Commentary: Credit Reporting and Debt Collection: Huge Pitfalls for Consumers
By: Linda Cook, Senior Attorney, Ohio Poverty Law Center
Credit reporting agencies . . . need to be much more transparent, accountable and accessible for consumers.”
This week, the Columbus Dispatch ran a four-part series titled “Credit Scars,” exposing problems and telling the stories of consumers who have been harmed as a result of problems in the credit reporting industry. Gene King and I talked to Jill Riepenhoff, one of the investigative reporters, last fall when she was starting her investigation. We were glad to see Jill and her colleague take the story and run with it. Each piece of the investigative report emphasizes different aspects of the credit reporting industry and highlights the consumer nightmares that happen when things go wrong. To me, this stuff is scarier than the horror films I avoid because once I see them, I cannot get the horrific images out of my brain. It is scary because credit reporting agencies are poorly understood, barely regulated agencies lurking in the background of our lives, exercising influence over our economic health and wellbeing, using personal and private information in ways we as ordinary consumers have little or no control over.
Credit reporting agencies actually can have a positive function in the economy for both consumers and businesses. However, they need to be much more transparent, accountable and accessible for consumers. The system for correcting errors must be more user-friendly. In many ways, these agencies are set up like mortgage servicers – most of their resources are dedicated to collecting and reporting credit information to businesses, and very few of their resources are reserved for addressing consumer issues. So, the more problems are exposed, the better for all of us. As Justice Louis Brandeis said: “Publicity is justly commended as a remedy for social and industrial diseases. Sunlight is said to be the best of disinfectants . . . .”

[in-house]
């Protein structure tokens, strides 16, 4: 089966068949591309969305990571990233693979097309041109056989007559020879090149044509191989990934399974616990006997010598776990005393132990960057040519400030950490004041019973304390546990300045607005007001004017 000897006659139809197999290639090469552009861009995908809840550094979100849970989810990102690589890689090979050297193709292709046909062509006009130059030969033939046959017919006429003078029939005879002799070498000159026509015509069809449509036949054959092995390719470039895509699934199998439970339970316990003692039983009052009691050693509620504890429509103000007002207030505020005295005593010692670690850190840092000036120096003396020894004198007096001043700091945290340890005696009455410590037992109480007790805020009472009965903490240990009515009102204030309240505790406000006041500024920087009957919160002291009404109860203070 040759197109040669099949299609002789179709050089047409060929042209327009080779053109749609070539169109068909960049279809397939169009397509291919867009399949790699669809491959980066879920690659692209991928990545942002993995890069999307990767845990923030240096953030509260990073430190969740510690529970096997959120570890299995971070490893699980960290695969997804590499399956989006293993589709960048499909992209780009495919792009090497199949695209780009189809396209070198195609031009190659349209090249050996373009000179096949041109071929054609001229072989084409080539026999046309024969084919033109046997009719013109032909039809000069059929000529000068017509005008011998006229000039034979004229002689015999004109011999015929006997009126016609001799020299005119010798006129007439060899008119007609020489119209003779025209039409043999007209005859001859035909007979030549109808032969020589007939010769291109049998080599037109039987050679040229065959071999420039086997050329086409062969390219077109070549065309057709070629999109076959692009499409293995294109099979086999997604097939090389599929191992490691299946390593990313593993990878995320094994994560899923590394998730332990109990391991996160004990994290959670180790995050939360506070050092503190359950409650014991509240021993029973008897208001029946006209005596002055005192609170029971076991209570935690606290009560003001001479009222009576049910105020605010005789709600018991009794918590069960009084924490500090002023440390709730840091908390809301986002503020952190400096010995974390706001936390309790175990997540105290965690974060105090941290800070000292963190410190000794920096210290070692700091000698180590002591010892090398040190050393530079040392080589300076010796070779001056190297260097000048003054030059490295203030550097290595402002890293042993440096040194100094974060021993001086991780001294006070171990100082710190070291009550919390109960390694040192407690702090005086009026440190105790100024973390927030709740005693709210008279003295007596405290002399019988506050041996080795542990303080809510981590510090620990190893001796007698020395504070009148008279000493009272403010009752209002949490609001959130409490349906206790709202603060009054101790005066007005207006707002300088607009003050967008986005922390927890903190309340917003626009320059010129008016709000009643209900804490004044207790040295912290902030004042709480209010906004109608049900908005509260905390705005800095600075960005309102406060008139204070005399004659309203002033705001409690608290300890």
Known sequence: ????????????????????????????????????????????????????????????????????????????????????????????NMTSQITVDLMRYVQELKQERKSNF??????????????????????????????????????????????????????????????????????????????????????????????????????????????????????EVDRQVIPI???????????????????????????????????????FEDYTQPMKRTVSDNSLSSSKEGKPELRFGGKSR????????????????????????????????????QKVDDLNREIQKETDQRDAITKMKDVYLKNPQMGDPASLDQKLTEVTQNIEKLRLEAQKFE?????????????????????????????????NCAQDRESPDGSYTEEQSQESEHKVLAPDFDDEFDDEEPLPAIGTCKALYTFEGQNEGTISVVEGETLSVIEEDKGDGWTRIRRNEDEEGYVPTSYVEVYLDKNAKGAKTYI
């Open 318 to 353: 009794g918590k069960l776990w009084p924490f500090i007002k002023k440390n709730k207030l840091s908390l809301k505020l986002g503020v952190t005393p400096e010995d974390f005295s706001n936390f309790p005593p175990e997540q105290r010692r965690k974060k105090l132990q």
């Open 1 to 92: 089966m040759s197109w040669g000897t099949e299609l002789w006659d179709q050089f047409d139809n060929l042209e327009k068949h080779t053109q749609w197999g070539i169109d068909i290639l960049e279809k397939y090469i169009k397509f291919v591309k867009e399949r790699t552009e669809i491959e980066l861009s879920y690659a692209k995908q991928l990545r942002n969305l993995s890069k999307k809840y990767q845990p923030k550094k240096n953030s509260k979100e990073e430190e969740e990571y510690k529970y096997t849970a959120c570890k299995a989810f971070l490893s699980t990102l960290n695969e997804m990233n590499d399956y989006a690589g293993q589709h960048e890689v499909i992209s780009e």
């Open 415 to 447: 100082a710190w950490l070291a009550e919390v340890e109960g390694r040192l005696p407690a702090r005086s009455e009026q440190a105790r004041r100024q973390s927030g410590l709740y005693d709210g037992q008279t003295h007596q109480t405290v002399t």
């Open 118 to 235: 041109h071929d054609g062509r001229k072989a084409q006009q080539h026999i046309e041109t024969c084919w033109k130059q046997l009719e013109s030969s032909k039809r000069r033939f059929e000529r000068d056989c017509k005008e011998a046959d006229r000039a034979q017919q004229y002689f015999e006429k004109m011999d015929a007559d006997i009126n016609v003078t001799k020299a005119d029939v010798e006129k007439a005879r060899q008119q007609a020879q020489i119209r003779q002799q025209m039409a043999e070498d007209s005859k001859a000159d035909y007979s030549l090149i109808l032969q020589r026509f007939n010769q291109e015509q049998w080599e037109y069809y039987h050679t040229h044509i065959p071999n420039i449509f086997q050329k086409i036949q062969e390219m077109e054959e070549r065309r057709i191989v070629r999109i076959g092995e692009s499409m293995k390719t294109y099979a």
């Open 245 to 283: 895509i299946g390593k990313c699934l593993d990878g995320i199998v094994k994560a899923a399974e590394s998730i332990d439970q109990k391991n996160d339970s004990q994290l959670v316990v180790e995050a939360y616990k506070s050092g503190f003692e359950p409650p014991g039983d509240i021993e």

Exposing problems with the credit reporting industry also exposes problems with its sister industry, debt collection. Parking ticket judgments on consumer credit reports is a highly effective collection tool, and has spawned an entire dubious for-profit industry dedicated to cleaning up credit reports and improving credit scores. All of these industries are in need of some strong disinfectant.
The Dispatch investigative series is one ray of sunshine; another is the attention that the Consumer Financial Protection Bureau is beginning to focus on the credit reporting and debt collection industries. The Bureau’s first step was to issue a proposed regulation defining “larger participants” in certain consumer financial product and service markets. The consumer reporting and debt collection markets fall into this category. Only larger market participants will fall under the supervisory authority of the CFPB, so the definition is a critical first step toward greater accountability and better protection for consumers.